Mobile homes can present a series of unique challenges to homeowners, particularly in the area of heating systems. Three particular concerns for mobile home owners with gas furnaces are stable fuel supply structures, sufficient flow of air, and proper chimney location and soundness. All of these have significant safety ramifications, and inadequacies can be dangerous. Here is what you should know:
Secure propane tanks and supply lines
Mobile homes are often located in areas that do not have preexisting utility services such as natural gas. That requires the homeowner to have propane tanks and lines installed if they wish to use a gas furnace for heating. Unfortunately, the flexibility afforded by being able to locate a mobile home in a variety of places can be problematic if the installation of tanks and lines is not done properly. Here are some possible areas of concern that you should address if your gas furnace uses propane:
Propane tank – propane tanks must be mounted in a secure, stable location that is flat. Be sure that your tank does not rest directly on the ground, or corrosion may develop on the underside. In addition, propane tanks must have a manufacturer's nameplate in order to legally be in-service; if your tank is not identifiable, you will have to replace it.
Supply line – the gas supply line is sometimes installed as an afterthought in mobile homes, and this can lead to dangerous consequences. Be sure that the line leading from your propane tank is not resting on the ground or dangling in mid-air; such lines are trip hazards that might result in a broken line or damage connections. Attach any supply lines to appropriate structures such as the home or a sturdy support built for that purpose.
Adequate air supply for combustion
A significant problem found in mobile homes with gas heating is a lack of available oxygen for combustion. Poor combustion is inefficient, but more importantly, it is hazardous to the health of home occupants. The complete combustion of fuel results in harmless byproducts of carbon dioxide and water vapor; however, incomplete combustion resulting from a lack of oxygen results in carbon monoxide emissions. Carbon monoxide poisoning accidentally kills over 400 Americans each year, and this silent killer can almost always be prevented with the proper measures.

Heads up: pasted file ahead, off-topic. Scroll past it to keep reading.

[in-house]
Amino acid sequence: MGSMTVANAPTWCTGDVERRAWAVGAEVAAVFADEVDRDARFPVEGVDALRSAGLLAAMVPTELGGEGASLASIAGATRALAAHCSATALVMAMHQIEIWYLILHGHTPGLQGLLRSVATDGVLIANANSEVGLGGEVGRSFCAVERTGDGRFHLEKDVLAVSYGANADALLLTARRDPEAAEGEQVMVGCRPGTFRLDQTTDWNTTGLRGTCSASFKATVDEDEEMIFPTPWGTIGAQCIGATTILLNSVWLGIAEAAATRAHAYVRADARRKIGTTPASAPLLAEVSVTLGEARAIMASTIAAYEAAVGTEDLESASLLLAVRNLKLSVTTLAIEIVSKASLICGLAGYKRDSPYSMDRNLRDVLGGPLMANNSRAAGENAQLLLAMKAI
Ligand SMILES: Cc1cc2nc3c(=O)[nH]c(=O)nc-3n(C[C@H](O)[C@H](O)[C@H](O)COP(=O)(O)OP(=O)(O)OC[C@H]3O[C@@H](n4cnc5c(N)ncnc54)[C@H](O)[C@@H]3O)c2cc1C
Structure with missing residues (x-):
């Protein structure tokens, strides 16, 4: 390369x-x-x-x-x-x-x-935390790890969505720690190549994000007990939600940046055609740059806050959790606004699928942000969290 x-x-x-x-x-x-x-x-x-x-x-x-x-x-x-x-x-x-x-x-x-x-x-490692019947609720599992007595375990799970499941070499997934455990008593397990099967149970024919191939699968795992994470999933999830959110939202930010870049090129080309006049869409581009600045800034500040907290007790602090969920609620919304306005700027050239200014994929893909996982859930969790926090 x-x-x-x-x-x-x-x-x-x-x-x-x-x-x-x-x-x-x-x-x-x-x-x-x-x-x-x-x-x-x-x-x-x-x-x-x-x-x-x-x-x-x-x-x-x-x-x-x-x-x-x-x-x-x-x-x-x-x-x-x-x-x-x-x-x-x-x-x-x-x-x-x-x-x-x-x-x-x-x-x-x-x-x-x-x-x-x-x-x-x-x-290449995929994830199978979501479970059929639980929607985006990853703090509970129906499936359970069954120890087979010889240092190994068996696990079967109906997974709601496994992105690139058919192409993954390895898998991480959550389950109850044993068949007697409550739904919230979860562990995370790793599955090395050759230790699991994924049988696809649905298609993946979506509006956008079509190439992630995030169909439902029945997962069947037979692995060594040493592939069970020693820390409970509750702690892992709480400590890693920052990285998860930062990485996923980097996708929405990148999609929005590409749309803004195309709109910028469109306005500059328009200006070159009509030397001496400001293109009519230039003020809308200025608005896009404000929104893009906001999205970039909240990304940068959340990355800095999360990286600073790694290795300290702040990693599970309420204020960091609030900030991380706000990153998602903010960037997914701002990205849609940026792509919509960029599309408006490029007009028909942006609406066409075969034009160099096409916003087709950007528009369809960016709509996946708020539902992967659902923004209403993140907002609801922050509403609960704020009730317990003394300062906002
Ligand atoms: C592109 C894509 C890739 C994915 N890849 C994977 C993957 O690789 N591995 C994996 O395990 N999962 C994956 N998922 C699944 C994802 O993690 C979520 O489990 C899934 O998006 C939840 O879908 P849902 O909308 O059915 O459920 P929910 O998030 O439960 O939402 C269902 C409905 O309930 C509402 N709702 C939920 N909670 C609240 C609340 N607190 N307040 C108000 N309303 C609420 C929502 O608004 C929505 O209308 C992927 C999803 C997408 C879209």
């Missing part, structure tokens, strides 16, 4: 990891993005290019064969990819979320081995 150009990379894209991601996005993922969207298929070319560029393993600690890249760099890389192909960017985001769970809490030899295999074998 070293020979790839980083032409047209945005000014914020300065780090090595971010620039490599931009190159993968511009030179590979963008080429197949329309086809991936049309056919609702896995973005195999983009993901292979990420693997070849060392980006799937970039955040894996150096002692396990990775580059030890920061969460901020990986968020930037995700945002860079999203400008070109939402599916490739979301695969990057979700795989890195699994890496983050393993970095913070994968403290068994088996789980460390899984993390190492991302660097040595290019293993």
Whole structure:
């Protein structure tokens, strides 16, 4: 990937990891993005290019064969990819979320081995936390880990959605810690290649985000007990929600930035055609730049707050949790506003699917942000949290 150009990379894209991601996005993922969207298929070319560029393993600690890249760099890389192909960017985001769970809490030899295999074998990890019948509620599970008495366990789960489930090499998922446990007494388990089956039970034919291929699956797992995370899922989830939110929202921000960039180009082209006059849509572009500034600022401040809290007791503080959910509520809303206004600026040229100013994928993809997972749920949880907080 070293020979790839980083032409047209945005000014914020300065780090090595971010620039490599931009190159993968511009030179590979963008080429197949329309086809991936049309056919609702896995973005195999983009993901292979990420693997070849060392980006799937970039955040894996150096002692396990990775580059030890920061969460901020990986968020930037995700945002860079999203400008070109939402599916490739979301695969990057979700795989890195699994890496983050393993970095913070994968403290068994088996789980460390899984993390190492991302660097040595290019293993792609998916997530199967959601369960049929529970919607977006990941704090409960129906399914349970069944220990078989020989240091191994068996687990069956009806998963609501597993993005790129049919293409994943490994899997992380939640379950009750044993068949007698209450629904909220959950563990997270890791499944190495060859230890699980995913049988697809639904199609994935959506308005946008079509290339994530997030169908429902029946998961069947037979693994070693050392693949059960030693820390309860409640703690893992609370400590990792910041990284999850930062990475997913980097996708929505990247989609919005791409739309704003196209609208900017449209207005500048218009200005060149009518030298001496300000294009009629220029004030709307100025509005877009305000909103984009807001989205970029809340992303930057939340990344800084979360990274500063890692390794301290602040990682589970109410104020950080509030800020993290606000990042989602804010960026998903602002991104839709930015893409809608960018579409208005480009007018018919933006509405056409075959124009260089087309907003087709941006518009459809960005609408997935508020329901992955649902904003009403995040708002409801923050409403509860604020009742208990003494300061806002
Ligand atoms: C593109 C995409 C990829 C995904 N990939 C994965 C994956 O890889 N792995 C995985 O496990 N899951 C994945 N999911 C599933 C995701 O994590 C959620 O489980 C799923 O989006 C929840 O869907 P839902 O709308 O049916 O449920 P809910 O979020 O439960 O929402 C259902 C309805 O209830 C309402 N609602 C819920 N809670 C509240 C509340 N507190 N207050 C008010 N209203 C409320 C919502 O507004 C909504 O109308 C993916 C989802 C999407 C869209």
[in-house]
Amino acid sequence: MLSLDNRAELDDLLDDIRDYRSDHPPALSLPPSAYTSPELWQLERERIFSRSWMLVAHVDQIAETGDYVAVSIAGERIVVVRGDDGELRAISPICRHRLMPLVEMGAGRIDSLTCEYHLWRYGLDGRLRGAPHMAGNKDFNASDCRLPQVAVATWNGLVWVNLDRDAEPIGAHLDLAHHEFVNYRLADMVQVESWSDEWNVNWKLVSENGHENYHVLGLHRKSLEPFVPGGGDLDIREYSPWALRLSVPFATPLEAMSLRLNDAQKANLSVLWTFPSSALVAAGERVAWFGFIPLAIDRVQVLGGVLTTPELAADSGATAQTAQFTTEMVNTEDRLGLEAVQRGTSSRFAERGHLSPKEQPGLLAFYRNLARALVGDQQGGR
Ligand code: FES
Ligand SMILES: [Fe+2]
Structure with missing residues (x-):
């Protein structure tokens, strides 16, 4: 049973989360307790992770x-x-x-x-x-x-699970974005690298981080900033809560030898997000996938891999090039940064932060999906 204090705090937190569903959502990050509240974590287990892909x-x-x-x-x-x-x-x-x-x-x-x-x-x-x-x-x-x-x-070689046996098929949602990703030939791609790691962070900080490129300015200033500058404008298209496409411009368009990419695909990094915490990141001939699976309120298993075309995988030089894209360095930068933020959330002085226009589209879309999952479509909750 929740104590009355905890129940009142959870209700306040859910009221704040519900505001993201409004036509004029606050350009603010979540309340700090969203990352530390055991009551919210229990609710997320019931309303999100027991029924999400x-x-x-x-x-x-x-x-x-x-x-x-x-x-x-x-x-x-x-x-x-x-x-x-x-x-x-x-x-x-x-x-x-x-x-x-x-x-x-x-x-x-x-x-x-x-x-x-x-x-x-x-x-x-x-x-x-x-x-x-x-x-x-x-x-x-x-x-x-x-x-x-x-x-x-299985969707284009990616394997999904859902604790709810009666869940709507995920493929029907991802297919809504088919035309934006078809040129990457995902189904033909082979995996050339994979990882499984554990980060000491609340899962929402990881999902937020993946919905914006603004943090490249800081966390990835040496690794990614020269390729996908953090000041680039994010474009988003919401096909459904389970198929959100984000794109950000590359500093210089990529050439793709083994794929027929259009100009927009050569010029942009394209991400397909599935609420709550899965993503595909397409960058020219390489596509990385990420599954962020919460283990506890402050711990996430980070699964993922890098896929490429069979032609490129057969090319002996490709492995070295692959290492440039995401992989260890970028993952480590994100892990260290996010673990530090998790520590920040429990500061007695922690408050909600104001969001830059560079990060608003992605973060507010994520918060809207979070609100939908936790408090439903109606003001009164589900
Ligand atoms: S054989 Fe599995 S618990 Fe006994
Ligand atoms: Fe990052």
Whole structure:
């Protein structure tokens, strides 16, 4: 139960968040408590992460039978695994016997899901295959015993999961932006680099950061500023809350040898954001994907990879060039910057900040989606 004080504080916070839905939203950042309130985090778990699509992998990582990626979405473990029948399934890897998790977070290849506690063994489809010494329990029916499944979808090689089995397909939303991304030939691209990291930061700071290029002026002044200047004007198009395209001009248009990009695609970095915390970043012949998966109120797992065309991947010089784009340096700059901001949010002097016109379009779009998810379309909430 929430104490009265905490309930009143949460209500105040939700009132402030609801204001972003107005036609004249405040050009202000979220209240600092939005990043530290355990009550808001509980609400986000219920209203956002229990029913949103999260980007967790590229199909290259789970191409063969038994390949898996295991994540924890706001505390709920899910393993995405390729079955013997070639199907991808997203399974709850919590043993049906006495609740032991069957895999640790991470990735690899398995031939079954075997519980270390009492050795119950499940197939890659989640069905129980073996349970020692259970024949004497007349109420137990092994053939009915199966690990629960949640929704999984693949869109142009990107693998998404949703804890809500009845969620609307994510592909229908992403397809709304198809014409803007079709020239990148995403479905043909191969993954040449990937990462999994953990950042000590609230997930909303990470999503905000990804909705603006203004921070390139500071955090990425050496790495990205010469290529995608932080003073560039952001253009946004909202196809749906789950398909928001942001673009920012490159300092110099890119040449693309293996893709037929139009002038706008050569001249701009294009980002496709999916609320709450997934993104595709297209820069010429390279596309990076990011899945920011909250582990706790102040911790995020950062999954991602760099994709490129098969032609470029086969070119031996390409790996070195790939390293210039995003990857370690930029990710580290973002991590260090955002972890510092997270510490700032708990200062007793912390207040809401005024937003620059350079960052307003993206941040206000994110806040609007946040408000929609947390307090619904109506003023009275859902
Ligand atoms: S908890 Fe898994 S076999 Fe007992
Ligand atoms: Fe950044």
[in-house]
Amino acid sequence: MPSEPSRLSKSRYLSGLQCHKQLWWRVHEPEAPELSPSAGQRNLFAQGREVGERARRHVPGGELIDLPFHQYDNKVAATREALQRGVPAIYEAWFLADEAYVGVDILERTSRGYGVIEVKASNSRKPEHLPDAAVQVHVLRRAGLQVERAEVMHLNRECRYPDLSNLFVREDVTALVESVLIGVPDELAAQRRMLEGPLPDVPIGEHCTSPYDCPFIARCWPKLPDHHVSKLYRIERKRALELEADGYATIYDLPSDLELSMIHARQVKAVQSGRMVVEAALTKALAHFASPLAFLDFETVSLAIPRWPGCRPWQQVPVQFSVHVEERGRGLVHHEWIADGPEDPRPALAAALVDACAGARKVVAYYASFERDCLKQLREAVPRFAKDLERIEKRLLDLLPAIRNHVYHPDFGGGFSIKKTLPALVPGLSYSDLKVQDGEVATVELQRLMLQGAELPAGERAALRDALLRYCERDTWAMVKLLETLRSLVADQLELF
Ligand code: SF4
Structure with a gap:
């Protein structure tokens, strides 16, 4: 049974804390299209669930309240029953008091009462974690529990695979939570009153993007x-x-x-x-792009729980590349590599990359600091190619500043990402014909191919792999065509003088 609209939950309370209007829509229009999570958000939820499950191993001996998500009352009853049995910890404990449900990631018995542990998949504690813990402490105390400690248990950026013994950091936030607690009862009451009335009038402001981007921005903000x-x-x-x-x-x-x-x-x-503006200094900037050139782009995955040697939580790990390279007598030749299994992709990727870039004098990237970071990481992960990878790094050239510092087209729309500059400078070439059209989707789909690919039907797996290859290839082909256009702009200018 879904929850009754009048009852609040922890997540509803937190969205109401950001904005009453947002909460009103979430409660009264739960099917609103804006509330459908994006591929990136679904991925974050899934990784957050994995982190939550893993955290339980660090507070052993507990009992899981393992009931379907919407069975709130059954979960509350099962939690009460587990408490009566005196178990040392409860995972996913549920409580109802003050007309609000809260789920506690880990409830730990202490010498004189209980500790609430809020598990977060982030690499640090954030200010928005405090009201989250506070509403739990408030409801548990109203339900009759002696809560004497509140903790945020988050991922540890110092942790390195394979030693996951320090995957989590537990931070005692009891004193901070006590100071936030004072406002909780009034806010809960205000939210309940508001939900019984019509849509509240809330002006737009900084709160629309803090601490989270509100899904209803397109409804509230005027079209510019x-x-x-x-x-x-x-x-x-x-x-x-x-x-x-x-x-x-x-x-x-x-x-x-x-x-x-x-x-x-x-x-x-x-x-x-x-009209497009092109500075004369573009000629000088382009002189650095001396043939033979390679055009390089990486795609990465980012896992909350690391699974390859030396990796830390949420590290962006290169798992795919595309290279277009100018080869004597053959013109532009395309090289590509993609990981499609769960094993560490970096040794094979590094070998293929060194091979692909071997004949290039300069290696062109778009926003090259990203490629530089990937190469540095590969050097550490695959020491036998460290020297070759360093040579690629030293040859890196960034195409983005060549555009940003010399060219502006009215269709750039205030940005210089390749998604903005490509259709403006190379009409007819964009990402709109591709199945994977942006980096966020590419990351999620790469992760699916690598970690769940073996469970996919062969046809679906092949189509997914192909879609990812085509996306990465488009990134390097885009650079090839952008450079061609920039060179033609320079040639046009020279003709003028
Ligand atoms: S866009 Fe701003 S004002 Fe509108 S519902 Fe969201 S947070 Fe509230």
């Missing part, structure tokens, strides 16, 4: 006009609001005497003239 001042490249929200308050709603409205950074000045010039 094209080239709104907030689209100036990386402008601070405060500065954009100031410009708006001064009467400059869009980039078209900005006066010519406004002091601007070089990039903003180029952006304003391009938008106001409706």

Air return blockage is a specific concern that needs to be addressed in order to ensure that combustion air supply is adequate. Mobile homes are often drafty due to poor insulation, and homeowners seek to compensate by adopting means to block the flow of air through the home. Such means include blocking return air vents that pass through interior doors, stuffing cloths under doorways or other restrictive measures. These "solutions" may slow the drafts, but they also prevent air from returning to the furnace. This, of course, leads to inadequate combustion and decreased operating efficiency.
Instead of blocking return air pathways, the better strategy is to improve insulation within walls and in areas beneath the mobile home. Weather stripping around windows and doors can also help eliminate draftiness and still preserve the flow of air to the furnace.
Additionally, air filters are often neglected by homeowners, and mobile homeowners are no exception. These filters are critical to preserving a clean flow of air back into the furnace. Dirty filters not only allow dust and other allergens back into the system, but they also restrict air flow to the furnace. That's why you should change air filters once per month to maintain optimal operation of the system. Expensive filters aren't necessary either; you can obtain good results by using ordinary fiberglass strand filters that permit strong air flow and maintain adequate filtration.
Proper chimney and vent structures
Another problem of significance for mobile homes is the presence of inadequate chimneys. Chimneys that extend from the side of mobile homes can vent gases into windows and doorways, and chimneys with poor construction can leak back into the home. In addition, chimneys can present a fire hazard if not made of the proper materials. Since ventilation can be a complex area, it is best to obtain the services of a professional heating company for inspection and repair or replacement of chimneys.
To make sure that your heating system is safe for use, contact a heating services provider.